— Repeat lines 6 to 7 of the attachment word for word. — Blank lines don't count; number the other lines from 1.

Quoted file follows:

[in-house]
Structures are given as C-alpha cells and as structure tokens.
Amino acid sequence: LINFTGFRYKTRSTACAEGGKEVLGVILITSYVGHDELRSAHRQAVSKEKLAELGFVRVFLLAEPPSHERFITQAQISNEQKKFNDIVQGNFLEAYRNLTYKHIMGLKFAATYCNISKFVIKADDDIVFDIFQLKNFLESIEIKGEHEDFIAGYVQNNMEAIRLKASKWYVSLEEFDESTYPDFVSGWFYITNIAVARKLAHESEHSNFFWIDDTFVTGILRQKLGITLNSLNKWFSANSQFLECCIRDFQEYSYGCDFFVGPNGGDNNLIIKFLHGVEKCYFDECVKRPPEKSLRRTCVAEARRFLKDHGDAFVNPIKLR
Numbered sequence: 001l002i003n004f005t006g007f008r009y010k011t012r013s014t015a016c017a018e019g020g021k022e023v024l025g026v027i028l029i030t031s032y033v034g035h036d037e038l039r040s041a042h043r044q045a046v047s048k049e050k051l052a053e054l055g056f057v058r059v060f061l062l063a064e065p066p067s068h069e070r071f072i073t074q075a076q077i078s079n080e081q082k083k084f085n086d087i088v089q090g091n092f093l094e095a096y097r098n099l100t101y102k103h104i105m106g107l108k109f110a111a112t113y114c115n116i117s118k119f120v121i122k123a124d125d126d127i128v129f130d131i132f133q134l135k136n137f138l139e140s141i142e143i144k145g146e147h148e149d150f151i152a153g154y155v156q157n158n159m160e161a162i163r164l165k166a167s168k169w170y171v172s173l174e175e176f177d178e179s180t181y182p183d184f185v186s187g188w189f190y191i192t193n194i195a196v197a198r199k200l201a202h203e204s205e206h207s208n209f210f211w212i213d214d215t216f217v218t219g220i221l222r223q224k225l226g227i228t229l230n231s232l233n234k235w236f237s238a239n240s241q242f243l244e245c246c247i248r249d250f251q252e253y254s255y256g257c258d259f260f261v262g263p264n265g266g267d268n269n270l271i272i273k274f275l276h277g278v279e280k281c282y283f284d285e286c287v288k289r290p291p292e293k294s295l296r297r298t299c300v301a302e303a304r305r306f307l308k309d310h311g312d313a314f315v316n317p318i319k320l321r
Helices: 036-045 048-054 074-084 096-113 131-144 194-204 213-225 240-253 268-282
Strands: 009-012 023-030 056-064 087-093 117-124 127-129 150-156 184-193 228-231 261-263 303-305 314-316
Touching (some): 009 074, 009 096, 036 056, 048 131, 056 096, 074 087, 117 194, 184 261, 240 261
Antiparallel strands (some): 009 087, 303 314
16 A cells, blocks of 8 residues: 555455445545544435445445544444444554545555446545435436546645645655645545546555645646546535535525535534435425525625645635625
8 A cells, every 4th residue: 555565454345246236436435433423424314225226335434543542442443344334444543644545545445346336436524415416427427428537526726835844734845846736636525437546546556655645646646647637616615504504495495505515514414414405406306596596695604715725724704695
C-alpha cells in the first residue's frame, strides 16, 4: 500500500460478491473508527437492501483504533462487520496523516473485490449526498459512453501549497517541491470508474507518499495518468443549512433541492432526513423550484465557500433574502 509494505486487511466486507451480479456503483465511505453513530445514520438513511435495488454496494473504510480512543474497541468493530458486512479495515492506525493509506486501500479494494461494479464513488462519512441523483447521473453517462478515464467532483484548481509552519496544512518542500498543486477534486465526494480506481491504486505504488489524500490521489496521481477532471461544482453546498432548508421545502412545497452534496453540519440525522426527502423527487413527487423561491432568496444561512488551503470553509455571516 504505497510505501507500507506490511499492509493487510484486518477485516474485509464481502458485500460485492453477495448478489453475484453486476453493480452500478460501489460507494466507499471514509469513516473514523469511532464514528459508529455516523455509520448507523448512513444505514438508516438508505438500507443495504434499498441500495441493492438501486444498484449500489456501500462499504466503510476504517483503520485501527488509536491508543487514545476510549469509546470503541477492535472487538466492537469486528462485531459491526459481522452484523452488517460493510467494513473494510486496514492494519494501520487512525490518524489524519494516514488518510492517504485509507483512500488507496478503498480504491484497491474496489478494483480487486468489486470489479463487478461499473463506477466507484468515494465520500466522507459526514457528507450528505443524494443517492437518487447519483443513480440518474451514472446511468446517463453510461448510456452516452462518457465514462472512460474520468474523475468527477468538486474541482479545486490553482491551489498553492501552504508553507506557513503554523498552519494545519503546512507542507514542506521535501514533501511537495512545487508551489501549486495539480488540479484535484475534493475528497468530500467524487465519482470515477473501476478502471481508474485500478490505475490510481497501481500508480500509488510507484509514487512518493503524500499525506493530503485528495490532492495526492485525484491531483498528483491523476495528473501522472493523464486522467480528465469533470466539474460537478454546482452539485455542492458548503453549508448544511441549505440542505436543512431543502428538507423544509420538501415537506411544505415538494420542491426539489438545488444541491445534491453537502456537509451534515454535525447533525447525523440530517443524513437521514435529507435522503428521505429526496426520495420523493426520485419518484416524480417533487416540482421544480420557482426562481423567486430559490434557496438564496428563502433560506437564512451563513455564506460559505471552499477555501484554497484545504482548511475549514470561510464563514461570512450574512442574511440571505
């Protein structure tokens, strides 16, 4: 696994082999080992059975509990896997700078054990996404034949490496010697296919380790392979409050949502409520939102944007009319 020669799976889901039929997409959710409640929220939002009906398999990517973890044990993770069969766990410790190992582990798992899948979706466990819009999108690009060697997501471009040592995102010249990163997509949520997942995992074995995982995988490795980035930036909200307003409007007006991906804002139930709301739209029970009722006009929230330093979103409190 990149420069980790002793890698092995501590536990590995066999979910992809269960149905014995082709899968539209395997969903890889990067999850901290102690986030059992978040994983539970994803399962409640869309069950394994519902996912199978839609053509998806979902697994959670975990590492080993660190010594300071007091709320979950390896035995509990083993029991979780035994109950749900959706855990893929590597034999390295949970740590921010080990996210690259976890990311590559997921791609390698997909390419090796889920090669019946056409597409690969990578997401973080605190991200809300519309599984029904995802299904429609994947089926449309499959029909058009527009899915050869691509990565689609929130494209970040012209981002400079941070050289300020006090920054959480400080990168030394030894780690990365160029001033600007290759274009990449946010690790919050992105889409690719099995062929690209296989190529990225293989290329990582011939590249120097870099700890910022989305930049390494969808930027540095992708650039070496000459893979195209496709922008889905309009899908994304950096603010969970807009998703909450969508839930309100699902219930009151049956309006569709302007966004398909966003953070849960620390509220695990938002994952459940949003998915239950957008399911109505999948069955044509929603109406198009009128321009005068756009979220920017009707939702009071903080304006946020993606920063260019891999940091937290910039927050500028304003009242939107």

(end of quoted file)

Strands: 009-012 023-030 056-064 087-093 117-124 127-129 150-156 184-193 228-231 261-263 303-305 314-316
Touching (some): 009 074, 009 096, 036 056, 048 131, 056 096, 074 087, 117 194, 184 261, 240 261